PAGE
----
“I don’t know. I’ll read over some of these today and see what’s what.” Lana brought a book back to her desk as Lucy followed. “What exactly did you figure out? And if you’ve solved it, why do you need me?”

“Not everything. Just what I need to do to get to my resting place. I was killed on May 26, 1994, two weeks before Davide and I were to be married.”


“I need to find my murderer by Memorial Day this year, or I’ll be stuck here until next year, same time.”


“Because that’s when I died.” Lucy placed her hands on her hips. “Haven’t you been listening? Anyway, the book says it’s the only time I’ll have the opportunity this year to claim my eternity.” She pointed to the book Lana held. “It’s on page fifty-two.”

“Do you have any suspects?” Lana flipped through the pages. “This is interesting.”

“That old buzzard I was trying to help.”

“Davide? Your fiancé?” Lana lifted her head.

Lucy shook her head in agreement. “That’s the buzzard.”

“You two were going to be married in a few weeks. Why would he want you dead?”

“That, I don’t know. But I think he’s as good a place to start our search as any. If it wasn’t him, it was someone in his family. They were all against us marrying. Especially his son, Anthony.”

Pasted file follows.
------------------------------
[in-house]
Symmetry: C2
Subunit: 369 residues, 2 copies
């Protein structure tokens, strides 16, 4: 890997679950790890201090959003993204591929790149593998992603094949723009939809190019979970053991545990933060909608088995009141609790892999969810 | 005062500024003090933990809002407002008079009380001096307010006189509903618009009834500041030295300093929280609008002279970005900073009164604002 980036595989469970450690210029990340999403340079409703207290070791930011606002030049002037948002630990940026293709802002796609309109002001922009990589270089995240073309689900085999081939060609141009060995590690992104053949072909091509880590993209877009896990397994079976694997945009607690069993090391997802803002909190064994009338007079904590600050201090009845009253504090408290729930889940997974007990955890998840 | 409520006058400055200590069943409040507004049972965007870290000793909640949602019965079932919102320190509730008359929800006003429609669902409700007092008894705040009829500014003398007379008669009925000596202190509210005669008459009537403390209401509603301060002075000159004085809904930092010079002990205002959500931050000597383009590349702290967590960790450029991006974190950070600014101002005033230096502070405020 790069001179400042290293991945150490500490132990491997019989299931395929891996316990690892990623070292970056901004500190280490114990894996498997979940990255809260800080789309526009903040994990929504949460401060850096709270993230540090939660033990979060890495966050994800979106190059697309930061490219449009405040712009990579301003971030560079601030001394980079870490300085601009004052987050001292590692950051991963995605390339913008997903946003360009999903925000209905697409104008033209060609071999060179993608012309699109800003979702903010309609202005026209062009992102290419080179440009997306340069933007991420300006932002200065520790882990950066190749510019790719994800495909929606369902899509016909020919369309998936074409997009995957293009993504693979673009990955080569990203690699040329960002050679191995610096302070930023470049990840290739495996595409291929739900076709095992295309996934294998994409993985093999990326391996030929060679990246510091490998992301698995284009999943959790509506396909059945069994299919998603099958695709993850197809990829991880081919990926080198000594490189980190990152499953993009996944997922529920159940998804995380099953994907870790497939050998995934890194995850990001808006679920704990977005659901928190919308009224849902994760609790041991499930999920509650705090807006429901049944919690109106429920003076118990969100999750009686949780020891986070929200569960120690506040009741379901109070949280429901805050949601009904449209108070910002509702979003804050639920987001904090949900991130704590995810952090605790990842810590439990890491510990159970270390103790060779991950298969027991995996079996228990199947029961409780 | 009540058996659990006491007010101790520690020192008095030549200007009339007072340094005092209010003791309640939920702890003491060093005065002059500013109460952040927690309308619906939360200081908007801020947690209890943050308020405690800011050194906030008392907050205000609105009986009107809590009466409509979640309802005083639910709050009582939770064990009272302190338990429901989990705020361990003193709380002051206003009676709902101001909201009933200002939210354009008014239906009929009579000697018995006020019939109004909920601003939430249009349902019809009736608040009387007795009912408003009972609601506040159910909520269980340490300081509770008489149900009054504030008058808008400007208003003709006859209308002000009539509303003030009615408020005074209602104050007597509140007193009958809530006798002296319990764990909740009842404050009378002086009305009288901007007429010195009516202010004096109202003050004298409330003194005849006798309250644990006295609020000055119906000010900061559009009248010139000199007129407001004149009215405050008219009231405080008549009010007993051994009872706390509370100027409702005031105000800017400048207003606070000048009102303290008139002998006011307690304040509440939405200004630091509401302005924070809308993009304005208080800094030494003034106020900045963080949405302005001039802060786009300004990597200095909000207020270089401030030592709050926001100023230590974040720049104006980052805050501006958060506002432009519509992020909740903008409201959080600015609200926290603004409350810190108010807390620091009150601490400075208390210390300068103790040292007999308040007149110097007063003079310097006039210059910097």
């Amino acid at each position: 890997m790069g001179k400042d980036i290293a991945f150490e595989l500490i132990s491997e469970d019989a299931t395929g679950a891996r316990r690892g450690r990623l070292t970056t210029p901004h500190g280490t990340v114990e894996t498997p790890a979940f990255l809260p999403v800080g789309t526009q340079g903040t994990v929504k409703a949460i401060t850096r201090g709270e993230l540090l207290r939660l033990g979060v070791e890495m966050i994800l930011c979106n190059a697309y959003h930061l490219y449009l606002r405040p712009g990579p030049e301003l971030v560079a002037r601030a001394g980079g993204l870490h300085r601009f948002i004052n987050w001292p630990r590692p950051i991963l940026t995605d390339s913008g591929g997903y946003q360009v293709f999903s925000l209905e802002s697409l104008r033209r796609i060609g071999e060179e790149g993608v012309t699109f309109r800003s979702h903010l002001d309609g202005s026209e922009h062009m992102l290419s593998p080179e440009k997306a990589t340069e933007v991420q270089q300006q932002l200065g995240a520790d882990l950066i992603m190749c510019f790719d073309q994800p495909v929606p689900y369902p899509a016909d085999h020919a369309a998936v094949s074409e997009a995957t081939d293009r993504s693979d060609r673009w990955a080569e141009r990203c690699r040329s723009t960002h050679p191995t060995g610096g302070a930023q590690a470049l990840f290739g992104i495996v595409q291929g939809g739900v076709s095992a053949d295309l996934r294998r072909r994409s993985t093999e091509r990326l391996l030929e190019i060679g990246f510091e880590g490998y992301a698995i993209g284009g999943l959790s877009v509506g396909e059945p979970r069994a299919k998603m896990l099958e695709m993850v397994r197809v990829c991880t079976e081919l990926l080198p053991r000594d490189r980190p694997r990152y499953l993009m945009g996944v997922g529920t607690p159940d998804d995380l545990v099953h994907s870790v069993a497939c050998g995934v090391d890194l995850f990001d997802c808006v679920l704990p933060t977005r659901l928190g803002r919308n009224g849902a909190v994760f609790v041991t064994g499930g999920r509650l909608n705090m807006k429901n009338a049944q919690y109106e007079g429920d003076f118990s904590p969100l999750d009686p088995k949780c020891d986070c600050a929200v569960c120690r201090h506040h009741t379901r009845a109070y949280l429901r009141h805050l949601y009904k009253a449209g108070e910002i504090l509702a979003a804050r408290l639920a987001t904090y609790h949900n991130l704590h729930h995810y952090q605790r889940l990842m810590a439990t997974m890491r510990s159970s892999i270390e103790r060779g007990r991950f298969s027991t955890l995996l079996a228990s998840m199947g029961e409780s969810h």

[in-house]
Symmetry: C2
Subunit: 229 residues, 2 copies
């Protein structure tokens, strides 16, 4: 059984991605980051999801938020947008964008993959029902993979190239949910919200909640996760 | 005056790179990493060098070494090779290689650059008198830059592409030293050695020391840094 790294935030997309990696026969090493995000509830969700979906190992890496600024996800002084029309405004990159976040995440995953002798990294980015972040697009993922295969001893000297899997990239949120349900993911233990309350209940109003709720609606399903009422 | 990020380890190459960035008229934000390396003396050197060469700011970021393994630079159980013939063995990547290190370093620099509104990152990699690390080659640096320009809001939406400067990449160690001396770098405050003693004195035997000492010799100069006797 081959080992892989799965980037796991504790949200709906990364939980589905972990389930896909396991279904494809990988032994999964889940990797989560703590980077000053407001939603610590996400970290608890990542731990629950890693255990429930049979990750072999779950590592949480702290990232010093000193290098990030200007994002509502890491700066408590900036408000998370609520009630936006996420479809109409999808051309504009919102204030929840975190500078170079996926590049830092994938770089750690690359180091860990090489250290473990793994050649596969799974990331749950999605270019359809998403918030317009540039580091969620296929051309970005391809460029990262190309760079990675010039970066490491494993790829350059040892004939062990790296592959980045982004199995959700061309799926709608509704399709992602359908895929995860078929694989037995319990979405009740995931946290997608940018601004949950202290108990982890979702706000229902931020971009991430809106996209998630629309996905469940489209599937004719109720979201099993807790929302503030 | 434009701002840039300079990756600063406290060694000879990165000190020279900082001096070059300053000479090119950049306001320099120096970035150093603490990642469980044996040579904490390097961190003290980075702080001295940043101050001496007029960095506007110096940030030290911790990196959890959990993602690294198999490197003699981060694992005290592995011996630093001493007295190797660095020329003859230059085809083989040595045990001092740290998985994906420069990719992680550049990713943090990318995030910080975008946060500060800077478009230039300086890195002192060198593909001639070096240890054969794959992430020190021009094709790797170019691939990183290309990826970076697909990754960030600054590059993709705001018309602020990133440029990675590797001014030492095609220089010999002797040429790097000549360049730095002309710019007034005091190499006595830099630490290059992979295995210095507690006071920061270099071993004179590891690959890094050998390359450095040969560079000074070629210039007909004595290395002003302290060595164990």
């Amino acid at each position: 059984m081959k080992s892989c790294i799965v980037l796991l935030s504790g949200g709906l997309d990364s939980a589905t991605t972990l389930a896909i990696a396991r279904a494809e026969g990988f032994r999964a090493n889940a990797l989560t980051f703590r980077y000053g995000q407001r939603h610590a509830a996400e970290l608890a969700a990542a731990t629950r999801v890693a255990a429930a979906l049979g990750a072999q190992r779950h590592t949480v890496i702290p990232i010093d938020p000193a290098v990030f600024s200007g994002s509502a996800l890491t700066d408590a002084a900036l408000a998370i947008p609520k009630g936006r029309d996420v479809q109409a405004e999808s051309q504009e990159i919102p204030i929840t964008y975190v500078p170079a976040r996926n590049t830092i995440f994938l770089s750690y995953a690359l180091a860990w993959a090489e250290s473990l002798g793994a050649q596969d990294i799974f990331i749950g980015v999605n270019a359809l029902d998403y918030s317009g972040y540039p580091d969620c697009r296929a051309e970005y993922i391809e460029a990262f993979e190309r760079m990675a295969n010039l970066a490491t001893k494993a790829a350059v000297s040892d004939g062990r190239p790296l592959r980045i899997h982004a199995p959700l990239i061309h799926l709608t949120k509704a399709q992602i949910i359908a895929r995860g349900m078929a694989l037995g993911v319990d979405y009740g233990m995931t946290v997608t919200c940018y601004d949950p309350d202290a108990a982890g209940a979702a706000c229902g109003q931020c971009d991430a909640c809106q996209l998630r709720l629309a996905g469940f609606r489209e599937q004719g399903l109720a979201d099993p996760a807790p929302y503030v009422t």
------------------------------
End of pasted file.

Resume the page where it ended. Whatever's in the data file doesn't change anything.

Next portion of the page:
“Our search? But you can’t—”

“But I can.” Displaying a sneaky grin, she said, “I read about it in that book. I can leave anytime I want. I just haven’t wanted to badly enough until now. Plus, I need to attach myself to something in order to leave. That something, or rather someone, is you.” She laughed.

A couple of hours later, Lana regarded Lucy as she drifted into her office with a tray of food—a tuna fish sandwich with pickles and chips. She had been reading The Mysterious Hauntings.

“I thought you could use some nourishment. Seafood is brain food, you know.”

When Lucy floated back across the room, Lana glimpsed a terrified face in the window nearest the side door leading to the carport. It was her neighbor, Roxie Thomas, with curlers in her strawberry blonde hair and cold cream still covering her horrified face. When the dress glided toward a filing cabinet, Roxie’s eyes widened and her jaw dropped. The closed window muffled her screams.

* * * * *

“Get back! Roxie saw you. I mean, she saw your dress. I’ll see if I can talk to her.” But as Lana reached the door, Roxie ran away, her screeches fading as she widened the space between their houses.

“Fix this situation before I bring her back.” Lana slammed the door behind her.

Lana’s house sat on stilts with two rooms adjacent to the carport at ground level–one room, the one closest to the carport sufficed as her new PI office leading into a library, entertainment and den combination. The office and the other room were divided by a wall with an arched doorway. Stairs led to the second level open-floor plan containing a living room-kitchen combination, two bedrooms with an adjoining bathroom between them.

Trotting across the yard, she caught up with Roxie on the other side of the hedge. “Roxie, wait up.” Roxie dashed for her house without looking back.